Study reproduces origins of life on ocean floor

The results of the new study offer clues to how life started on Earth and where else in the cosmos we might find it.

An image of Saturn's moon Enceladus backlit by the Sun, taken by the Cassini mission. The false color tail shows jets of icy particles and water that spray into space from an ocean that lies deep below the moon's icy surface. Future missions could search for the ingredients for life in an ocean on an icy moon like Enceladus. Credits: NASA/JPL/Space Science Institute
An image of Saturn's moon Enceladus backlit by the Sun, taken by the Cassini mission. The false color tail shows jets of icy particles and water that spray into space from an ocean that lies deep below the moon's icy surface. Future missions could search for the ingredients for life in an ocean on an icy moon like Enceladus. Credits: NASA/JPL/Space Science Institute

Since years, scientists believe that life originated in the oceans, as the primary divisions and the events of evolution took place there. Now, NASA scientists have reproduced in the lab to replicate the conditions in the deep ocean to find out building blocks of life on the ocean floor some 4 billion years ago.

In an attempt to identify the life on the other planets, scientists are focusing on how the building blocks of life form in hydrothermal vents on the ocean floor.

To re-create hydrothermal vents in the lab, the team made their own miniature seafloors by filling beakers with mixtures that mimic Earth’s primordial ocean. These lab-based oceans act as nurseries for amino acids, organic compounds that are essential for life as we know it. Like Lego blocks, amino acids build on one another to form proteins, which make up all living things.

Hydrothermal vents are places where natural chimneys form, releasing fluid heated below Earth‘s crust. When these chimneys interact with the seawater around them, they create an environment that is in constant flux, which is necessary for life to evolve and change. This dark, warm environment fed by chemical energy from Earth may be the key to how life could form on worlds farther out in our solar system, far from the heat of the Sun.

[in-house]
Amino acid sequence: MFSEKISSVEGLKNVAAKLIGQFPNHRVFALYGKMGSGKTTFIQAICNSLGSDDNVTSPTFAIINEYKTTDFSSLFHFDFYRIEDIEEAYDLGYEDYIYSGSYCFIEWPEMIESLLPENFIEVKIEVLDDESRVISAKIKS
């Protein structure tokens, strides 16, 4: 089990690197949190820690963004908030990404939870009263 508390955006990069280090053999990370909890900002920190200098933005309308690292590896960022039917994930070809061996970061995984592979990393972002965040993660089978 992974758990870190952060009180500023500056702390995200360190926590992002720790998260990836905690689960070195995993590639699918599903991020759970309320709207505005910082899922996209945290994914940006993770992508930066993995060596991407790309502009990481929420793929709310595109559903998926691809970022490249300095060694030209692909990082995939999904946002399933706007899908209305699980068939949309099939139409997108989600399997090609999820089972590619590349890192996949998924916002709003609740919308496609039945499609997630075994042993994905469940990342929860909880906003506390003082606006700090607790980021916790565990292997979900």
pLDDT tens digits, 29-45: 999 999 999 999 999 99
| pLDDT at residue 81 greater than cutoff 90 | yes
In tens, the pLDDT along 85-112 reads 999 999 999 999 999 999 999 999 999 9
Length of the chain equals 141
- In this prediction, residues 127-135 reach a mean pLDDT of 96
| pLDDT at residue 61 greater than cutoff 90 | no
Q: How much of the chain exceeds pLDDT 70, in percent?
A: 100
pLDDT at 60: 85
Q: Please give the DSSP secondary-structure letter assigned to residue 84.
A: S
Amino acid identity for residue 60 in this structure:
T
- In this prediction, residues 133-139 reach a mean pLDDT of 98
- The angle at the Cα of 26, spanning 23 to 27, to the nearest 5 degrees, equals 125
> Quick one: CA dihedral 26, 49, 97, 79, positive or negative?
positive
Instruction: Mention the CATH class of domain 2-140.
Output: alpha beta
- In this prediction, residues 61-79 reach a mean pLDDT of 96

Astrobiologist Laurie Barge said, “Understanding how far you can go with just organics and minerals before you have an actual cell is really important for understanding what types of environments life could emerge from. Also, investigating how things like the atmosphere, the ocean and the minerals in the vents all impact this can help you understand how likely this is to have occurred on another planet.”

The team produced its own Young-Earth-Ocean-In-A-Glass, containing water, minerals and the molecules ammonia and pyruvate that are usually found near hydrothermal vents and are seen as precursors to the building blocks of life. Heating the mixture to 158 degrees Fahrenheit (70 degrees Celsius) and decreasing the oxygen content provided them with a laboratory model of the conditions of the “primordial ocean”.

In the early-Earth aquarium, one notable amino acid was produced: Alanine. The molecule is regarded as critically important in the synthesis of proteins, which perform a dizzying array of normal functions in organisms from bacteria to humans. The team also found lactate, which some scientists believe could also be a precursor molecule that allows life to flourish.

Barge said, “We’ve shown that in geological conditions similar to early Earth, and maybe to other planets, we can form amino acids and alpha hydroxy acids from a simple reaction under mild conditions that would have existed on the seafloor.”

Though, scientists have not created life itself in the experiment but have shown how the building blocks that eventually become life may arise in the deep ocean around these vents.

A time-lapse video of a miniature hydrothermal chimney forming in the lab, as it would in early Earth's ocean. Natural vents can continue to form for thousands of years and grow to tens of yards (meters) in height.
A time-lapse video of a miniature hydrothermal chimney forming in the lab, as it would in early Earth’s ocean. Natural vents can continue to form for thousands of years and grow to tens of yards (meters) in height. Credits: NASA/JPL-Caltech/Flores

Lucy Stewart, a marine microbiologist at New Zealand’s GNS Science who wasn’t affiliated with the study said, “Knowing how they can be created at a hydrothermal vent is one more step to understanding how the full process of biogenesis may have played out 4 billion years ago. Follow-up studies will continue to probe their lab-grown ocean to look for other potential amino acids and precursor molecules.”

This study could help other scientists to best pick the spots in the cosmos that could harbor life, and they already feel good about a few interplanetary locations.

Barge explained, “Understanding the conditions that are required for life’s origin can help narrow down the places that we think life could exist.”

The study is published in the journal Proceedings of the National Academy of Sciences.